The road to independence can be financially remunerative more quickly than most advisors might guess, a new survey by Fidelity Investments suggests.
Fidelity said 76 percent of financial advisors who made the switch said they were better off financially; of those, 64 percent said they felt that way within six months of making the move.
Michael Durbin, president of the custodian’s RIA unit, Fidelity Institutional Wealth Services, told Registered Rep. that advisors are keeping a bigger share of their revenue under independence, and they also may pay less for certain expenses.
Last fall the custodian polled 173 advisors with a minimum of $10 million in assets who had moved to an independent business model in the past five years. Those models included joining or starting an independent broker/dealer, joining a registered investment advisor or starting your own RIA, or joining the corporate RIA of a broker/dealer. Fidelity said most of the advisors came from wirehouses but didn’t specify how many; the custodian also didn’t offer the number of advisors who ended up in each of the independent options.
Pure independence—starting your own practice from scratch—still seems to daunt most advisors. Durbin said last year 65 percent of breakaway brokers who custody with Fidelity went with an existing firm, a figure that’s up from 40 percent just three years earlier. “I think there will be some natural limit to the penetration that these existing platforms will have, but I still think there’s headroom even beyond 65 percent,” he said.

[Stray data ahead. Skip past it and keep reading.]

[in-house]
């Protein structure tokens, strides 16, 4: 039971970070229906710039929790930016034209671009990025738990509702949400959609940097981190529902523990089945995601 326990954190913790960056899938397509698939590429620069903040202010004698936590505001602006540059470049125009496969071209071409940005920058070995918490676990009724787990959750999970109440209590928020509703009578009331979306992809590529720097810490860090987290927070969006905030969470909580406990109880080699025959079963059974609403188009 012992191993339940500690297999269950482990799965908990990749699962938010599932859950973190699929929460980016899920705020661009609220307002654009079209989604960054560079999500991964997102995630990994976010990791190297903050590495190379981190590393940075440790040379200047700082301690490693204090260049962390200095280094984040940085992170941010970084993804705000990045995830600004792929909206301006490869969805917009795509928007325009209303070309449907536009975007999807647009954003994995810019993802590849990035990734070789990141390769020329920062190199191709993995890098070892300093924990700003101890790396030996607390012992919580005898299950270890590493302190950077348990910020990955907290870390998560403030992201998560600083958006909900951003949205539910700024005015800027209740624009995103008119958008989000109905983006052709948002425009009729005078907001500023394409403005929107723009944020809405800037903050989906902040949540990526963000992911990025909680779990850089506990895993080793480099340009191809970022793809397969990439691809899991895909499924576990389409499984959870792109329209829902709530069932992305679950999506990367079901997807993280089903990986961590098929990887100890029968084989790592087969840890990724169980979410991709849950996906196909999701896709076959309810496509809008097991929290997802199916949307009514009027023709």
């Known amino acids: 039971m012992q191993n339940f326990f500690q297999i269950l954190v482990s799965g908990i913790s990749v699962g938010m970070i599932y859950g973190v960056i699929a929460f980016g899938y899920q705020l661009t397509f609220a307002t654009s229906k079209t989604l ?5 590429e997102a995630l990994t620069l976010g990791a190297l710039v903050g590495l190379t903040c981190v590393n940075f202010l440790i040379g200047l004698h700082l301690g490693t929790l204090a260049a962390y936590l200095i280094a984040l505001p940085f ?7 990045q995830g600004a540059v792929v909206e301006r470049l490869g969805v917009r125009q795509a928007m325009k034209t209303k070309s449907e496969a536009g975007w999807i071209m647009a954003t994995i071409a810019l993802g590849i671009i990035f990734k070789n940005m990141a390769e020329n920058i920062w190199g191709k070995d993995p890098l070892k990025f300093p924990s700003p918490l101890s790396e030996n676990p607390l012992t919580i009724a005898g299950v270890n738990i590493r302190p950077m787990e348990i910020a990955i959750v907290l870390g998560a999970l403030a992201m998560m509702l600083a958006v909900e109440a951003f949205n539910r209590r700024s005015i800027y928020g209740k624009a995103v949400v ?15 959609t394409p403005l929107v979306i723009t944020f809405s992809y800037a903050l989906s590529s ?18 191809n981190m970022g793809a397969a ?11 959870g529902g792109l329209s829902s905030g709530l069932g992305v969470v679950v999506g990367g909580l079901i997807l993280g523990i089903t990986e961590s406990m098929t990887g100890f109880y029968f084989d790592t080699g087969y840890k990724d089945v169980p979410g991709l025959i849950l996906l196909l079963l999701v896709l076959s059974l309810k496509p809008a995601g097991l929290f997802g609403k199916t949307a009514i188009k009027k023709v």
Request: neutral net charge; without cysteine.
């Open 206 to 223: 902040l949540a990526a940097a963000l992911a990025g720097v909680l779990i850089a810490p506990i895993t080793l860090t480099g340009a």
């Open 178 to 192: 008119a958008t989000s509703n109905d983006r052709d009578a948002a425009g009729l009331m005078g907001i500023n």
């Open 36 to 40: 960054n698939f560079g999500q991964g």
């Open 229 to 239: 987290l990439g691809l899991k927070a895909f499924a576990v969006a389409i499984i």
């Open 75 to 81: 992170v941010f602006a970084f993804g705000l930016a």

Among the other findings in the report:
• 80 percent of those surveyed considered the independent b/d model; 30 percent considered an RIA startup; 23 percent considered an existing RIA; and 21 percent considered working under the corporate RIA of a b/d.
• 55 percent said most of their clients moved with them; another 31 percent said all their clients did.
• 58 percent said it was somewhat or extremely difficult to repaper their clients’ accounts.